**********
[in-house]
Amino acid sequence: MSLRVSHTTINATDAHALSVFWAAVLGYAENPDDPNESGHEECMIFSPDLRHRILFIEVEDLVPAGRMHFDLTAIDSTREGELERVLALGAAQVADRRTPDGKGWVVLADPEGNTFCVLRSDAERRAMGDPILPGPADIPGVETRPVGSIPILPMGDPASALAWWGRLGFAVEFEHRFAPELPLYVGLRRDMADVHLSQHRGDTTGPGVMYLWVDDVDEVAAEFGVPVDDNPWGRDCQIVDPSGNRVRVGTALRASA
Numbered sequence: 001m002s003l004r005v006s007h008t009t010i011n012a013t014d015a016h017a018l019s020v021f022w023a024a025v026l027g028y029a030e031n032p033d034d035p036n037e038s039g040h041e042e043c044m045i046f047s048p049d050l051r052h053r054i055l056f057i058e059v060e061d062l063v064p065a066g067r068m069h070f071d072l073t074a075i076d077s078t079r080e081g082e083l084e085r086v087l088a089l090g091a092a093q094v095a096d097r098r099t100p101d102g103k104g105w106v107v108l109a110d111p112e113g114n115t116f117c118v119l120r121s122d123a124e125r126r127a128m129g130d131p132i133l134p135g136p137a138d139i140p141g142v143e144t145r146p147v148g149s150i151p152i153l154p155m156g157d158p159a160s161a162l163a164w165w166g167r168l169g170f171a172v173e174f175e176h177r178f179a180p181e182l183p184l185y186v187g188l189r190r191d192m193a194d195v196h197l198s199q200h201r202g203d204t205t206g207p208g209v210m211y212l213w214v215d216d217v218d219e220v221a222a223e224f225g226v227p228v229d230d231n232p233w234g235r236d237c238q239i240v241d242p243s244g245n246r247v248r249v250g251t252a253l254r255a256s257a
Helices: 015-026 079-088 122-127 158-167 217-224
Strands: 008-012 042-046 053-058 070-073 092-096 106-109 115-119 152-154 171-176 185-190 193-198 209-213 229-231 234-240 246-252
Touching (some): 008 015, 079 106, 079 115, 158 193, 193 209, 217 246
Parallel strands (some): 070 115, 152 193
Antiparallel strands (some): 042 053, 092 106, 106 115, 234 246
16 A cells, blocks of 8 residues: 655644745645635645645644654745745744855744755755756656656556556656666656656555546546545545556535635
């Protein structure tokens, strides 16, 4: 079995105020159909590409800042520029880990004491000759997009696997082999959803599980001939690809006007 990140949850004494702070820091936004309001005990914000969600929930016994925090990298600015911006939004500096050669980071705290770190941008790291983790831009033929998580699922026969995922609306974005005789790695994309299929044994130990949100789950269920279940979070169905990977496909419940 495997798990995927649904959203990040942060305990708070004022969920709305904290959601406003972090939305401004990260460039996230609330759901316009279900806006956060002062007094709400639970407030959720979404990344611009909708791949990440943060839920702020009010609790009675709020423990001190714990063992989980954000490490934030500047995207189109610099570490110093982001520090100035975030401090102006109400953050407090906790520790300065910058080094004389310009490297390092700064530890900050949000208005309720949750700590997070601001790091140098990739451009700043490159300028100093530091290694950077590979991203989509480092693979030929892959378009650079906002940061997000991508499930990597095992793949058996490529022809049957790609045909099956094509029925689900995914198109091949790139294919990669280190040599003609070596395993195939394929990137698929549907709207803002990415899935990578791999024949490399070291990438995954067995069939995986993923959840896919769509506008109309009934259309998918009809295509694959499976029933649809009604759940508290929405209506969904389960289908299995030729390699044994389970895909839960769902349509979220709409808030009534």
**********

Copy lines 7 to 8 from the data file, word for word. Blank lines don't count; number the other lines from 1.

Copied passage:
Parallel strands (some): 070 115, 152 193
Antiparallel strands (some): 042 053, 092 106, 106 115, 234 246